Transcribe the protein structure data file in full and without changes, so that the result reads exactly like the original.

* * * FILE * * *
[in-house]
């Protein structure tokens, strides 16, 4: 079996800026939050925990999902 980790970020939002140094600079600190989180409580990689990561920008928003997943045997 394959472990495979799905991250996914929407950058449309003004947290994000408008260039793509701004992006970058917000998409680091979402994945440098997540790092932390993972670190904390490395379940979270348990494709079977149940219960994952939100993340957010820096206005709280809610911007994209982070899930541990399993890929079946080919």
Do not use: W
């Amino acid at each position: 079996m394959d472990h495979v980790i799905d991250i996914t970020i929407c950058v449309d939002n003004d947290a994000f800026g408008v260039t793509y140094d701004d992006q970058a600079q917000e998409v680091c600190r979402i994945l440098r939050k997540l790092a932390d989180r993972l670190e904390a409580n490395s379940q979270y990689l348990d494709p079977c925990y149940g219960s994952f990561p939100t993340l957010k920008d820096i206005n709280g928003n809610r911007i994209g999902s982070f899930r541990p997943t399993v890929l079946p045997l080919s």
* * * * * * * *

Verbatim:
[in-house]
């Protein structure tokens, strides 16, 4: 079996800026939050925990999902 980790970020939002140094600079600190989180409580990689990561920008928003997943045997 394959472990495979799905991250996914929407950058449309003004947290994000408008260039793509701004992006970058917000998409680091979402994945440098997540790092932390993972670190904390490395379940979270348990494709079977149940219960994952939100993340957010820096206005709280809610911007994209982070899930541990399993890929079946080919």
Do not use: W
């Amino acid at each position: 079996m394959d472990h495979v980790i799905d991250i996914t970020i929407c950058v449309d939002n003004d947290a994000f800026g408008v260039t793509y140094d701004d992006q970058a600079q917000e998409v680091c600190r979402i994945l440098r939050k997540l790092a932390d989180r993972l670190e904390a409580n490395s379940q979270y990689l348990d494709p079977c925990y149940g219960s994952f990561p939100t993340l957010k920008d820096i206005n709280g928003n809610r911007i994209g999902s982070f899930r541990p997943t399993v890929l079946p045997l080919s």